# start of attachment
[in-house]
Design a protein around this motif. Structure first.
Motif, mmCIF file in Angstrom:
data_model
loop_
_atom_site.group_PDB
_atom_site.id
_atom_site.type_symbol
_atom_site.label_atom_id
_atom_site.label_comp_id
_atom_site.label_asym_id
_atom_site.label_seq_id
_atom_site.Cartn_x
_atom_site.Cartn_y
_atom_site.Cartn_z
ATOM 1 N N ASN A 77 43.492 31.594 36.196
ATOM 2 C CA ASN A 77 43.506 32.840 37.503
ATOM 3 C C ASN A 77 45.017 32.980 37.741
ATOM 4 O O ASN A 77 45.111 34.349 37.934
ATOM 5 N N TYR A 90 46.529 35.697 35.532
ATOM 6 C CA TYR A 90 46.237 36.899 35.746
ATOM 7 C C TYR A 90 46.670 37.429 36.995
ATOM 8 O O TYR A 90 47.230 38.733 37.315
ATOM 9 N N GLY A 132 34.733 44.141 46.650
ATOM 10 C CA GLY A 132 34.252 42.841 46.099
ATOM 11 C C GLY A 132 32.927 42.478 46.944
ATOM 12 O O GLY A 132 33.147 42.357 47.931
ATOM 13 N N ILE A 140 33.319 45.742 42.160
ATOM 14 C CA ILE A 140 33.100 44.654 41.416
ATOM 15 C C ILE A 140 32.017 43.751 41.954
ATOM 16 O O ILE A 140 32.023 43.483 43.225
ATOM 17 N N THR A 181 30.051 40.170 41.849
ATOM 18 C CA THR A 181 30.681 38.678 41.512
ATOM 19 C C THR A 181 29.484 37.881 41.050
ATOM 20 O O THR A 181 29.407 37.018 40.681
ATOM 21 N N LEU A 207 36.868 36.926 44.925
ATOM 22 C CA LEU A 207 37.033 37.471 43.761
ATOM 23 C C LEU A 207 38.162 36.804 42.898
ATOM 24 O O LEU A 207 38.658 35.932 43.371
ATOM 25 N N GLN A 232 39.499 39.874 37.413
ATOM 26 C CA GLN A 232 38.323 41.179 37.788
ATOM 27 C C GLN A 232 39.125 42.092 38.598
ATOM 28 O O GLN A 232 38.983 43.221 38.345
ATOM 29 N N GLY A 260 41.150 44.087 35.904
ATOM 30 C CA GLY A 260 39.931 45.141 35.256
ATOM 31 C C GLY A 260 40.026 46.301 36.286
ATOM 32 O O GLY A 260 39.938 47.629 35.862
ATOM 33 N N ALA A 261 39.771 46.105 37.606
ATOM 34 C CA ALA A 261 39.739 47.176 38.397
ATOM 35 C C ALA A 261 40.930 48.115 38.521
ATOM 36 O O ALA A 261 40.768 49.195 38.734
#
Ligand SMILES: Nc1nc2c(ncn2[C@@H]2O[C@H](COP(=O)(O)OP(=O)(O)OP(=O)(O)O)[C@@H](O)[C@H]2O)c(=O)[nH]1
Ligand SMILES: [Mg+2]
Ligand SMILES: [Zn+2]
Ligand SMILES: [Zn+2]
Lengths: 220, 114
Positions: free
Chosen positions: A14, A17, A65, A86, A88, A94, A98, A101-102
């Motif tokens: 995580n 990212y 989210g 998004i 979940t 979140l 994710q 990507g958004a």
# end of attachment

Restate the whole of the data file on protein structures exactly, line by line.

[in-house]
Design a protein around this motif. Structure first.
Motif, mmCIF file in Angstrom:
data_model
loop_
_atom_site.group_PDB
_atom_site.id
_atom_site.type_symbol
_atom_site.label_atom_id
_atom_site.label_comp_id
_atom_site.label_asym_id
_atom_site.label_seq_id
_atom_site.Cartn_x
_atom_site.Cartn_y
_atom_site.Cartn_z
ATOM 1 N N ASN A 77 43.492 31.594 36.196
ATOM 2 C CA ASN A 77 43.506 32.840 37.503
ATOM 3 C C ASN A 77 45.017 32.980 37.741
ATOM 4 O O ASN A 77 45.111 34.349 37.934
ATOM 5 N N TYR A 90 46.529 35.697 35.532
ATOM 6 C CA TYR A 90 46.237 36.899 35.746
ATOM 7 C C TYR A 90 46.670 37.429 36.995
ATOM 8 O O TYR A 90 47.230 38.733 37.315
ATOM 9 N N GLY A 132 34.733 44.141 46.650
ATOM 10 C CA GLY A 132 34.252 42.841 46.099
ATOM 11 C C GLY A 132 32.927 42.478 46.944
ATOM 12 O O GLY A 132 33.147 42.357 47.931
ATOM 13 N N ILE A 140 33.319 45.742 42.160
ATOM 14 C CA ILE A 140 33.100 44.654 41.416
ATOM 15 C C ILE A 140 32.017 43.751 41.954
ATOM 16 O O ILE A 140 32.023 43.483 43.225
ATOM 17 N N THR A 181 30.051 40.170 41.849
ATOM 18 C CA THR A 181 30.681 38.678 41.512
ATOM 19 C C THR A 181 29.484 37.881 41.050
ATOM 20 O O THR A 181 29.407 37.018 40.681
ATOM 21 N N LEU A 207 36.868 36.926 44.925
ATOM 22 C CA LEU A 207 37.033 37.471 43.761
ATOM 23 C C LEU A 207 38.162 36.804 42.898
ATOM 24 O O LEU A 207 38.658 35.932 43.371
ATOM 25 N N GLN A 232 39.499 39.874 37.413
ATOM 26 C CA GLN A 232 38.323 41.179 37.788
ATOM 27 C C GLN A 232 39.125 42.092 38.598
ATOM 28 O O GLN A 232 38.983 43.221 38.345
ATOM 29 N N GLY A 260 41.150 44.087 35.904
ATOM 30 C CA GLY A 260 39.931 45.141 35.256
ATOM 31 C C GLY A 260 40.026 46.301 36.286
ATOM 32 O O GLY A 260 39.938 47.629 35.862
ATOM 33 N N ALA A 261 39.771 46.105 37.606
ATOM 34 C CA ALA A 261 39.739 47.176 38.397
ATOM 35 C C ALA A 261 40.930 48.115 38.521
ATOM 36 O O ALA A 261 40.768 49.195 38.734
#
Ligand SMILES: Nc1nc2c(ncn2[C@@H]2O[C@H](COP(=O)(O)OP(=O)(O)OP(=O)(O)O)[C@@H](O)[C@H]2O)c(=O)[nH]1
Ligand SMILES: [Mg+2]
Ligand SMILES: [Zn+2]
Ligand SMILES: [Zn+2]
Lengths: 220, 114
Positions: free
Chosen positions: A14, A17, A65, A86, A88, A94, A98, A101-102
């Motif tokens: 995580n 990212y 989210g 998004i 979940t 979140l 994710q 990507g958004a």